Being so far south in latitude and with nearly 300 sunny days a year, there’s a good chance you’ll be skiing in the sunshine in New Mexico. The snow here is unique because it is dry, cold, and powdery throughout the winter with great corn skiing in the spring. The snowpack also tends to be more consistent due to more minor temperature fluctuations than you are likely to see further north.
The Taos + Santa Fe guidebook can be divided into three geographical regions. The first is the Taos range that includes Wheeler Peak and the ski area there. The second region is the area around the Truchas Range, a lesser explored mountain. And lastly, Santa Fe and the mountain and sidecountry skiing there.
The skiing history in New Mexico is rich and dates back to the late 1800s and early 1900s with prospectors trying out their skis for both practical uses and for casual fun. New Mexico is also home to what is likely the oldest-known photo of a Native American on skis. The image from around 1900, shows a man from Taos Pueblo on skis in Hondo Valley (just a few miles from Taos Ski Valley), holding one long wooden pole in lieu of the preferred two short ski poles of today.
With the advent of backcountry skiing technology, access has exploded and NM offers vast opportunities for the enthusiastic adventurer. This guidebook serves as a primer for what all is out there. There are even several abandoned ski resorts that serve as good places to ski. Generally, there is good freedom for backcountry access, but Taos Ski Valley is the exception. They don’t let you venture from the resort boundaries to out of bound terrain during the season. But, fun tip, you can ski inbounds once the resort is closed for the season because it is national forest land. The Taos Ski Valley can be found to the northwest of Wheeler Peak.
Wheeler Peak (13,167’) is the highest peak in the state of New Mexico. In the 1870s, U.S. Army Major George Montague Wheeler began to make a topographic map of the southwestern United States, and this included New Mexico. After climbing the peak, he named it after himself. In fact, at least six mountains in the southwestern US are named after him. He was likely not the first to summit Wheeler Peak, but it is believed that the people of the Taos Pueblo had likely climbed it for many years before a white man came to stand on top.
In northern New Mexico lies a brilliant turquoise body of water known as Blue Lake, or Ba Whyea, which is a sacred land to the native Taos Pueblos. This is because it is believed that they were born from the waters of the lake. The settling of Taos began in 1200- 1250 A.D. and it has been a place of worship and spiritual significance since that time.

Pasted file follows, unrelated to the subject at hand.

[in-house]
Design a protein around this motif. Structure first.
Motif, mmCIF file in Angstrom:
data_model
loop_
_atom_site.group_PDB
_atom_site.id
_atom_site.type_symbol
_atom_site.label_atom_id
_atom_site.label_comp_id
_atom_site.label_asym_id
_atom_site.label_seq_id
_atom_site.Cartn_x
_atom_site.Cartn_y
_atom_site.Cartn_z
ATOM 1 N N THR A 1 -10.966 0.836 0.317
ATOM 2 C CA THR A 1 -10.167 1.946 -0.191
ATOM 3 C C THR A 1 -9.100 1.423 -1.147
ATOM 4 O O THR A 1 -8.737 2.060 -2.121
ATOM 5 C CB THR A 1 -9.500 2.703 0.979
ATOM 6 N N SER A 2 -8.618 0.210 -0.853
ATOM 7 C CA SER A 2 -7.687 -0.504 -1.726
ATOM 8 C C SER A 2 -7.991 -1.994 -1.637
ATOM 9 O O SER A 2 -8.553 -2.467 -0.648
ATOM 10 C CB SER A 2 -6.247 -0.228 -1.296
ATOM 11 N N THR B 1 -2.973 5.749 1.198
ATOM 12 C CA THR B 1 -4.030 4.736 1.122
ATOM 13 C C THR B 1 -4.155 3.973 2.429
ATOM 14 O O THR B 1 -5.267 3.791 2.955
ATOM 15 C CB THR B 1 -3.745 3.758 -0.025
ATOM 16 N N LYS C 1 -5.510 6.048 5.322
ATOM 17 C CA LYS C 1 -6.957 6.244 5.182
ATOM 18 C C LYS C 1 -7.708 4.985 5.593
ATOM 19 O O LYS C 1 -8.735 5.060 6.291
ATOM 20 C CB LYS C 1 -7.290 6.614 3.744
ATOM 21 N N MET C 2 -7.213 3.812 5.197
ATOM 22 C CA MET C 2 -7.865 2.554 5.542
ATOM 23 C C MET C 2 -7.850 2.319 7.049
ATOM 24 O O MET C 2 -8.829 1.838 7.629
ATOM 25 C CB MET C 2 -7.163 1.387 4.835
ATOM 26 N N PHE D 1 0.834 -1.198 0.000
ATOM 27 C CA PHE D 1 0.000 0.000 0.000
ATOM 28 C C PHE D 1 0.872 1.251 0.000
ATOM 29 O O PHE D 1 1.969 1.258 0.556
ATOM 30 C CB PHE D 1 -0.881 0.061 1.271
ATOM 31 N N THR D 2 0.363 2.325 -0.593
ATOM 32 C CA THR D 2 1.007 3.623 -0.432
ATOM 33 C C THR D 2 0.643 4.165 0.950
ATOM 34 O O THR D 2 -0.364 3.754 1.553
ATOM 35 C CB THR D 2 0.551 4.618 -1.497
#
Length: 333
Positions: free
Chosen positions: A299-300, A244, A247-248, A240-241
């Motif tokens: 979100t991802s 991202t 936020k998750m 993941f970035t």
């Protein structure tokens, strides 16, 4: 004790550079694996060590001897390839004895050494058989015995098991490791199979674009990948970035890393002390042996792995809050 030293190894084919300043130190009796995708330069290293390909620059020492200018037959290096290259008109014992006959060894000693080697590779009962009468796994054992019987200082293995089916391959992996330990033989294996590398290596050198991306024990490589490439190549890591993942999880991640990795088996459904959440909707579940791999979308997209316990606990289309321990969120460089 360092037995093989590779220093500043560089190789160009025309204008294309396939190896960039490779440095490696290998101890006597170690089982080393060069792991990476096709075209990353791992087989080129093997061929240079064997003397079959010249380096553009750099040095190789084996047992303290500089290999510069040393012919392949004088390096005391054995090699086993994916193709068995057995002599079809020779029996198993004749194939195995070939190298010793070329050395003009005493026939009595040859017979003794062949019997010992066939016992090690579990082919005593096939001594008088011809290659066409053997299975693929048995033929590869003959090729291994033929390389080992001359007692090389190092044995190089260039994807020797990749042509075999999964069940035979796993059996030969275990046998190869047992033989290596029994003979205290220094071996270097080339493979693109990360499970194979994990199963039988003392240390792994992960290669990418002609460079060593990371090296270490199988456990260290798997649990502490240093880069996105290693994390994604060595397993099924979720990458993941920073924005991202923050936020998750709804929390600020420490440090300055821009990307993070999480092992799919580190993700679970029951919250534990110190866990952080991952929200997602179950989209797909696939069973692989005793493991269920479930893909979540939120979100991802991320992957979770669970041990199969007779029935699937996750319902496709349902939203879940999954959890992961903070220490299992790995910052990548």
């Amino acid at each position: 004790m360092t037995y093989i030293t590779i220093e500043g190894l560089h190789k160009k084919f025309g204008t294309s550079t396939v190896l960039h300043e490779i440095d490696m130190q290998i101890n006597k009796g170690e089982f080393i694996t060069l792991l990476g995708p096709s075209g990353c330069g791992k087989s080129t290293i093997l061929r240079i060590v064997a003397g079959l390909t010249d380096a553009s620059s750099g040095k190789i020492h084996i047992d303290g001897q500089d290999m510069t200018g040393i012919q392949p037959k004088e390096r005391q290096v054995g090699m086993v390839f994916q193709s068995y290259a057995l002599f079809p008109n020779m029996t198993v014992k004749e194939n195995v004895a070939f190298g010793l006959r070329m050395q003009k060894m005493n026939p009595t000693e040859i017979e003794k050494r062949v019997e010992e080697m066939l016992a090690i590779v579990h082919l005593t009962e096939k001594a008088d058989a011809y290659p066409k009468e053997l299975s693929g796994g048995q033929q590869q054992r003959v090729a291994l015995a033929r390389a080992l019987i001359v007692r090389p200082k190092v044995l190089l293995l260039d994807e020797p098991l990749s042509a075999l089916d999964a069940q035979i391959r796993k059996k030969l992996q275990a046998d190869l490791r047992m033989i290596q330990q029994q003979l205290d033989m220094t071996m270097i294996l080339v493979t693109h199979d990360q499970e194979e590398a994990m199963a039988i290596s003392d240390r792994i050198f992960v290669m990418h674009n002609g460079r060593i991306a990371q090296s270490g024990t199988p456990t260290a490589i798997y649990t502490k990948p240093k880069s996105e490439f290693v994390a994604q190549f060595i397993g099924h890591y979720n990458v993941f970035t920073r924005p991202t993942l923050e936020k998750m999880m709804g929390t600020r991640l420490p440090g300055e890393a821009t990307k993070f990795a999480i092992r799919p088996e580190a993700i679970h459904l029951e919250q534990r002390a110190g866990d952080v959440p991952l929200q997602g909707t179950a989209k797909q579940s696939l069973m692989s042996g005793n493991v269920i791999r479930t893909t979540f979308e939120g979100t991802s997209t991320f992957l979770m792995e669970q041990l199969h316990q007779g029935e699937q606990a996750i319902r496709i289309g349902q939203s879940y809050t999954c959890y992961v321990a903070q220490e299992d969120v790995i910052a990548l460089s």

In 1906, the US Congress grabbed that land from the native people and made it part of a national forest. For 64 years, protesting ensued. These people fought to get their land back, and finally, in 1970, around 48,000 acres of land, including the Blue Lake, was returned to the pueblo. Hurray!
From the Wheeler Peak East Fork Bowl, on top of Simpson Peak, you can see Blue Lake. Admire it from afar but don’t ski off the south side of Simpson towards it; it is a sensitive area that deserves respect. For more information, look in our guidebook.
Truchas Peak, in the Sangre de Cristo Mountains is a north-south running massif with four discernible summits, North Truchas Peak, Middle Truchas Peak, “Medio Truchas Peak”, and South Truchas Peak. South Truchas is the highest of the four and it is considered to be the second highest peak in the state of New Mexico at 13,108’. It is also the most southerly peak in the continental United States to rise higher than 13,000’.
Truchas Range is one of the biggest backcountry ski endeavors in New Mexico because of the unpredictability and intrinsic remoteness in every direction. Skiing in this zone should not be underestimated; it is a high commitment zone that takes serious planning and preparation. SAR is far away, there is no avalanche forecast, no ski patrol, no cell phone coverage, no paved roads, no huts. You’re out there, and you get to experience a very real sense of wilderness.
It’s a big adventure with massive payoff because of the overall reward of being in such a pristine, massive wilderness area. You likely won’t see anyone else out there or even their tracks; it is relatively untouched.
One of the first developed ski areas in NM came in the 1930s at Hyde Park near Santa Fe.
In 1949, the Sierras de Santa Fe group founded the Santa Fe Ski Basin and raised funds to build its first chairlift. The 50s and 60s saw huge changes and major developments for resort skiing in the region and it has only continued to grow in popularity since.
Ski Santa Fe is located in the Sangre de Cristo Mountains in northern New Mexico. It’s located in a beautiful alpine forest between 10,350’ (base) and 12,075’ (summit), which makes it one of the highest, and furthest south, ski resorts in the US.
Accessibility to Santa Fe is excellent during the winter season because you can take the lift at Ski Sante Fe to venture off into the backcountry and when you return, you can go back down through the resort. Check the Ski Santa Fe website for any updated rules and information. Backcountry skiing at Santa Fe is a bit more of a trek than in Taos, but not nearly as committing as the Truchas Range.
Whether you’re looking for an entirely remote destination like the Truchas Range, something full of other skiers like the Taos Range, or something in the middle like the Santa Fe Range, there’s a beautiful sunny slope waiting for you in New Mexico.